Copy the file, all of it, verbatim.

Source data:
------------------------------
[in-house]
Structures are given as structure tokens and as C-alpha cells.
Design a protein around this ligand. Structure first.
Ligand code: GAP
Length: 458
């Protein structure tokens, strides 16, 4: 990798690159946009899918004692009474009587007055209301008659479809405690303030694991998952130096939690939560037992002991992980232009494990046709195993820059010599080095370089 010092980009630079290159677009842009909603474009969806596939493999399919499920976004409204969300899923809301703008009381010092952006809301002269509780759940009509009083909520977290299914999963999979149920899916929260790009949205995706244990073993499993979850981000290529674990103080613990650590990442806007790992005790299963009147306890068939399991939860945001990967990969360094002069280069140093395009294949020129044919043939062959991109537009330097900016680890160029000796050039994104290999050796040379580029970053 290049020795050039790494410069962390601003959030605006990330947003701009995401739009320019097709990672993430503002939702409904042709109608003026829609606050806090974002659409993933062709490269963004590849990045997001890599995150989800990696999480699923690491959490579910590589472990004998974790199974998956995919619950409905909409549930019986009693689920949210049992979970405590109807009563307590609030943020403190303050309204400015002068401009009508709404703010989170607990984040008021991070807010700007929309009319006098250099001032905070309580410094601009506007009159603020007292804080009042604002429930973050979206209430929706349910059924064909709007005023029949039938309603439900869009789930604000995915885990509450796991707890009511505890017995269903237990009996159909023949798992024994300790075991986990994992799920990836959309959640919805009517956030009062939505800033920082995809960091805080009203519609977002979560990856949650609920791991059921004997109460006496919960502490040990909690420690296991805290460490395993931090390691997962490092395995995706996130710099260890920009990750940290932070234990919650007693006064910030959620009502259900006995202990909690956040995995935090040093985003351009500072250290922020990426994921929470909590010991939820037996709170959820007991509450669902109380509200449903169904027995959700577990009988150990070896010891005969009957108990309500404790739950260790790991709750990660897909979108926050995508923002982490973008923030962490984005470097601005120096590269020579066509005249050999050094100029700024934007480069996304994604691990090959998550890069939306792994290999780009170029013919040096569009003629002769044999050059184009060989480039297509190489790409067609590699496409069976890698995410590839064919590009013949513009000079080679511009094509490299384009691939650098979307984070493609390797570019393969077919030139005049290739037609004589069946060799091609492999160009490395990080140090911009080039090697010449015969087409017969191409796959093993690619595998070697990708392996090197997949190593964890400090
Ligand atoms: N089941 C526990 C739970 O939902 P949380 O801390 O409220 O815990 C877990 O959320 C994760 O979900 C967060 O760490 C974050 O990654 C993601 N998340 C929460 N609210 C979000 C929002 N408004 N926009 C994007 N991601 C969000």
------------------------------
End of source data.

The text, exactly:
[in-house]
Structures are given as structure tokens and as C-alpha cells.
Design a protein around this ligand. Structure first.
Ligand code: GAP
Length: 458
């Protein structure tokens, strides 16, 4: 990798690159946009899918004692009474009587007055209301008659479809405690303030694991998952130096939690939560037992002991992980232009494990046709195993820059010599080095370089 010092980009630079290159677009842009909603474009969806596939493999399919499920976004409204969300899923809301703008009381010092952006809301002269509780759940009509009083909520977290299914999963999979149920899916929260790009949205995706244990073993499993979850981000290529674990103080613990650590990442806007790992005790299963009147306890068939399991939860945001990967990969360094002069280069140093395009294949020129044919043939062959991109537009330097900016680890160029000796050039994104290999050796040379580029970053 290049020795050039790494410069962390601003959030605006990330947003701009995401739009320019097709990672993430503002939702409904042709109608003026829609606050806090974002659409993933062709490269963004590849990045997001890599995150989800990696999480699923690491959490579910590589472990004998974790199974998956995919619950409905909409549930019986009693689920949210049992979970405590109807009563307590609030943020403190303050309204400015002068401009009508709404703010989170607990984040008021991070807010700007929309009319006098250099001032905070309580410094601009506007009159603020007292804080009042604002429930973050979206209430929706349910059924064909709007005023029949039938309603439900869009789930604000995915885990509450796991707890009511505890017995269903237990009996159909023949798992024994300790075991986990994992799920990836959309959640919805009517956030009062939505800033920082995809960091805080009203519609977002979560990856949650609920791991059921004997109460006496919960502490040990909690420690296991805290460490395993931090390691997962490092395995995706996130710099260890920009990750940290932070234990919650007693006064910030959620009502259900006995202990909690956040995995935090040093985003351009500072250290922020990426994921929470909590010991939820037996709170959820007991509450669902109380509200449903169904027995959700577990009988150990070896010891005969009957108990309500404790739950260790790991709750990660897909979108926050995508923002982490973008923030962490984005470097601005120096590269020579066509005249050999050094100029700024934007480069996304994604691990090959998550890069939306792994290999780009170029013919040096569009003629002769044999050059184009060989480039297509190489790409067609590699496409069976890698995410590839064919590009013949513009000079080679511009094509490299384009691939650098979307984070493609390797570019393969077919030139005049290739037609004589069946060799091609492999160009490395990080140090911009080039090697010449015969087409017969191409796959093993690619595998070697990708392996090197997949190593964890400090
Ligand atoms: N089941 C526990 C739970 O939902 P949380 O801390 O409220 O815990 C877990 O959320 C994760 O979900 C967060 O760490 C974050 O990654 C993601 N998340 C929460 N609210 C979000 C929002 N408004 N926009 C994007 N991601 C969000």